Vestibular afferent nerve fibers convey head position and motion signals from the inner ear to the brain, where they drive reflexes controlling gaze, posture and balance and contribute to perceptions of orientation and self-motion. We propose to study how electrical signals are generated in primary vestibular afferents, focusing on the contributions of intrinsic ion channels and calcium binding proteins. We will examine the origins of specific patterns of activity (firing patterns of action potentials, also called spikes) in vestibular afferents. In recordings made in vivo, vestibular afferents vary greatly in the regularity of inter-spike intervals;this variation is highly systematic, co-varying with many morphological and physiological properties. Thus, highly regular afferents tend to carry tonic signals, to have small diameters and extended dendritic arbors, and to innervate peripheral zones of the sensory epithelia. In contrast, highly irregular afferents tend to have phasic signals, to have large diameters and compact dendritic arbors with large, calyceal afferent terminals, to innervate central zones and to express particular Ca2+ binding proteins (CBPs). High regularity may enhance the information content and temporal encoding for head movement frequencies below ~20 Hz;high irregularity may reflect high sensitivity to synaptic currents. Over two decades ago, investigators exploring possible factors in setting firing patterns suggested that intrinsic ion channels in the afferent fibers were likely to be important. We now know that ion channel complements in vestibular ganglion neurons (VGNs), as in many brain neurons, are much more complex than previously imagined, and we have better tools to study this issue. We propose to use the whole-cell patch clamp method on VGNs from rodents to characterize firing patterns and the underlying voltage- and calcium-gated ion channels. VGNs will be studied in vitro as isolated somata and also within a semi-intact preparation that includes sensory epithelia and the ganglion. The two preparations have different advantages: isolated VGNs provide superior voltage clamp, while VGNs in the semi-intact preparation receive synaptic input from hair cells. Preliminary data suggest that VGNs express specific complements of ion channels, giving rise to distinct endogenous firing patterns in response to injected currents. We will test the hypothesis that the endogenous ion channels help establish different patterns of spike regularity in vivo, and the involvement of specific ion channels in setting firing patterns. We will use RT-PCR to screen for candidate ion channels and immunocytochemistry to localize channels according to afferent type, zone within the sensory epithelium, and cellular location (soma vs. afferent terminal). We will investigate whether specific CBPs help set firing patterns by modulating calcium-dependent potassium channels. We will develop computational models to test our comprehensive understanding of how ion channels contribute to firing patterns.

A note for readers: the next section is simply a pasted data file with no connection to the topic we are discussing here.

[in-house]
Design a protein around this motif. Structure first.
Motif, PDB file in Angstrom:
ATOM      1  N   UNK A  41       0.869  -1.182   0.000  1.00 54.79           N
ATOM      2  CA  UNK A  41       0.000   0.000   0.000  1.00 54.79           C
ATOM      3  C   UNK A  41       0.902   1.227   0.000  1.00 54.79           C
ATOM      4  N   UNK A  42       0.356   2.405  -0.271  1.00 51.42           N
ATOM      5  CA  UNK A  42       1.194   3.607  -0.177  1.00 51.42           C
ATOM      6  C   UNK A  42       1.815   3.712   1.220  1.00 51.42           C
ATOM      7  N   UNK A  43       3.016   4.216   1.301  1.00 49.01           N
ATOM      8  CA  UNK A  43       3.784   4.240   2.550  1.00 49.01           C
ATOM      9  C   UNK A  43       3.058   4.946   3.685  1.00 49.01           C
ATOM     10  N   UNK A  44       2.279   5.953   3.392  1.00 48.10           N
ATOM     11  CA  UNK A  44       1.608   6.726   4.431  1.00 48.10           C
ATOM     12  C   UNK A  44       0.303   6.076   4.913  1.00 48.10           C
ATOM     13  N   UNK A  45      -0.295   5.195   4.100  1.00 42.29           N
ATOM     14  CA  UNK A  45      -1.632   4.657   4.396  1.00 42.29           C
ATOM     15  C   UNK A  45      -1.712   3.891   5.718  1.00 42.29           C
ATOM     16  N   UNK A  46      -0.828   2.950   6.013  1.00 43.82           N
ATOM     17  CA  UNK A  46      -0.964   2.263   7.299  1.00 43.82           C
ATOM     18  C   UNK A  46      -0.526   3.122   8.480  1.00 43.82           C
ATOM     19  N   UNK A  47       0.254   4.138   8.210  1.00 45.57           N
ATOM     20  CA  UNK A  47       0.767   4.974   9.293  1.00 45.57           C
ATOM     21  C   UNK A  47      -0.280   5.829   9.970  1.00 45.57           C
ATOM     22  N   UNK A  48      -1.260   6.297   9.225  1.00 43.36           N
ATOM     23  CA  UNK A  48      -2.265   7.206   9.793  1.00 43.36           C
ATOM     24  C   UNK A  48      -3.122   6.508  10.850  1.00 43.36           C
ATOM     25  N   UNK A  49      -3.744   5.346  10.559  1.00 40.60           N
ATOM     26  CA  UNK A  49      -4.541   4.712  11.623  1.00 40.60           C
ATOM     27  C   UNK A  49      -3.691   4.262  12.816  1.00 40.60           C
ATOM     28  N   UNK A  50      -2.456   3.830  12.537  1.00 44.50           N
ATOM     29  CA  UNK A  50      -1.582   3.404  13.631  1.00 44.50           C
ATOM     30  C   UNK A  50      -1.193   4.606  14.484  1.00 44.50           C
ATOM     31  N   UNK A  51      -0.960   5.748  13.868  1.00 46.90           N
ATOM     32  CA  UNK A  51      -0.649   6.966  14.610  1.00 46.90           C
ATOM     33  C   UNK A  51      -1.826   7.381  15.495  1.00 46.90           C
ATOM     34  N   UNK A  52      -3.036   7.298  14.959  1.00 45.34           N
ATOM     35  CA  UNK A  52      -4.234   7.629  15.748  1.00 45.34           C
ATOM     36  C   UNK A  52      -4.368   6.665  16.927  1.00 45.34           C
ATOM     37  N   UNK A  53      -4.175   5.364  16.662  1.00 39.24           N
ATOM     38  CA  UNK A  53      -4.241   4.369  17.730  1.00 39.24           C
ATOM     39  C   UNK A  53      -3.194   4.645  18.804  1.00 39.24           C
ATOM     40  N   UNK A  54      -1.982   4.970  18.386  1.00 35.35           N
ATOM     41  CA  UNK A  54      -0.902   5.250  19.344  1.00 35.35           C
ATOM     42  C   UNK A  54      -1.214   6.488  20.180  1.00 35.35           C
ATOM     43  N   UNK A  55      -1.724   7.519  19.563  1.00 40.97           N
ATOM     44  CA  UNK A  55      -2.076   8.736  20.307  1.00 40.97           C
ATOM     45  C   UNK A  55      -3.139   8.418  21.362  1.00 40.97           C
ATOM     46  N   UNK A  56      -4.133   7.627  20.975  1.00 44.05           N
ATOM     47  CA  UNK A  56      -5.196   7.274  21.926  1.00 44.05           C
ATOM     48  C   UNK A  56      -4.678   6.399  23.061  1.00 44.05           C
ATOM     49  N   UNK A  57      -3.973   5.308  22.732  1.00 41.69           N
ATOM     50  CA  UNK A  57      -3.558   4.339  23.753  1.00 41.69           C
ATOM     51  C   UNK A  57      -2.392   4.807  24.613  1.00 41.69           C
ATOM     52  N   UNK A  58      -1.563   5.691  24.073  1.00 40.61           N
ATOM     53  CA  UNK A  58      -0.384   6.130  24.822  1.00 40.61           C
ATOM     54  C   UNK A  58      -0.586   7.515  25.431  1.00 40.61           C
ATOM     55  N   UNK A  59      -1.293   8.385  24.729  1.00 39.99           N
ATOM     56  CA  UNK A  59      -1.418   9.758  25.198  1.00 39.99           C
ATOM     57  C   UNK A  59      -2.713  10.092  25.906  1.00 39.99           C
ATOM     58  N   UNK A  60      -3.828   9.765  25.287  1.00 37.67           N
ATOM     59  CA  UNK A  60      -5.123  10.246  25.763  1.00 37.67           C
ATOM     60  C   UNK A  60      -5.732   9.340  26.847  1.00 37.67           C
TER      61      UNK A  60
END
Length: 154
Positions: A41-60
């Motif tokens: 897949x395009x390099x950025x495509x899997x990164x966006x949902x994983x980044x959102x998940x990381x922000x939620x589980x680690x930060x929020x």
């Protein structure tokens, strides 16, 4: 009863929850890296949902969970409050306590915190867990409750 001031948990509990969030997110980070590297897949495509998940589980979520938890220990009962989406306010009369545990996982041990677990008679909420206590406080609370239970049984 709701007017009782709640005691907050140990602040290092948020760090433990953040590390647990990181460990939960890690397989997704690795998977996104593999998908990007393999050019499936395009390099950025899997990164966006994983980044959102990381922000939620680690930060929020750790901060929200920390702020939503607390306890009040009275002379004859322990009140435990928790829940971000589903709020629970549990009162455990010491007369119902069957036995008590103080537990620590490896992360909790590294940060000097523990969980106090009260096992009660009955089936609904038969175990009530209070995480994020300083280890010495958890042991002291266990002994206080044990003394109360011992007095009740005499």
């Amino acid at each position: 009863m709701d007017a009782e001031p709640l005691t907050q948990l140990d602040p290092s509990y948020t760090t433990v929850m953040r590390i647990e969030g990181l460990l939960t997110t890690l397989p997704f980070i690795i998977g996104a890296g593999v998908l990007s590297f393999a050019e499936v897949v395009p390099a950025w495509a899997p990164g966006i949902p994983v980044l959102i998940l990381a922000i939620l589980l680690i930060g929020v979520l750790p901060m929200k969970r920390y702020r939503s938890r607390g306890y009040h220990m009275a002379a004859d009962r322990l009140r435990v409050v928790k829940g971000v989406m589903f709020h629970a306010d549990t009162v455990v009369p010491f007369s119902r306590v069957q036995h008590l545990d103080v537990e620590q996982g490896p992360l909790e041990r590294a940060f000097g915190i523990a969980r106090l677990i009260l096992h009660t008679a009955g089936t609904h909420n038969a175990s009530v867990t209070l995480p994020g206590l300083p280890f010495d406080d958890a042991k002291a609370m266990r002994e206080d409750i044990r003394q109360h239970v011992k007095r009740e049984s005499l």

Public Health Relevance

A set of five vestibular organs in the inner ear conveys information about head position and head motion to the brain, where it drives reflexes that stabilize gaze, posture and balance, and provide a sense of self-motion and orientation. The proposed research will investigate how vestibular afferent neurons use ion channels to generate patterns of electrical activity with which they encode head motion and position. Detailed knowledge of electrical signaling by vestibular afferents is essential to understand how inner ear damage, which is widespread in the population, causes poor balance and disorientation. Such knowledge will also help us design prosthetics to electrically stimulate the vestibular system in order to restore function.

National Institute of Health (NIH)
National Institute on Deafness and Other Communication Disorders (NIDCD)
Research Project (R01)
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Auditory System Study Section (AUD)
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Cyr, Janet
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Massachusetts Eye and Ear Infirmary
United States
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Eatock, Ruth Anne (2018) Specializations for Fast Signaling in the Amniote Vestibular Inner Ear. Integr Comp Biol 58:341-350
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Kalluri, Radha; Xue, Jingbing; Eatock, Ruth Anne (2010) Ion channels set spike timing regularity of mammalian vestibular afferent neurons. J Neurophysiol 104:2034-51

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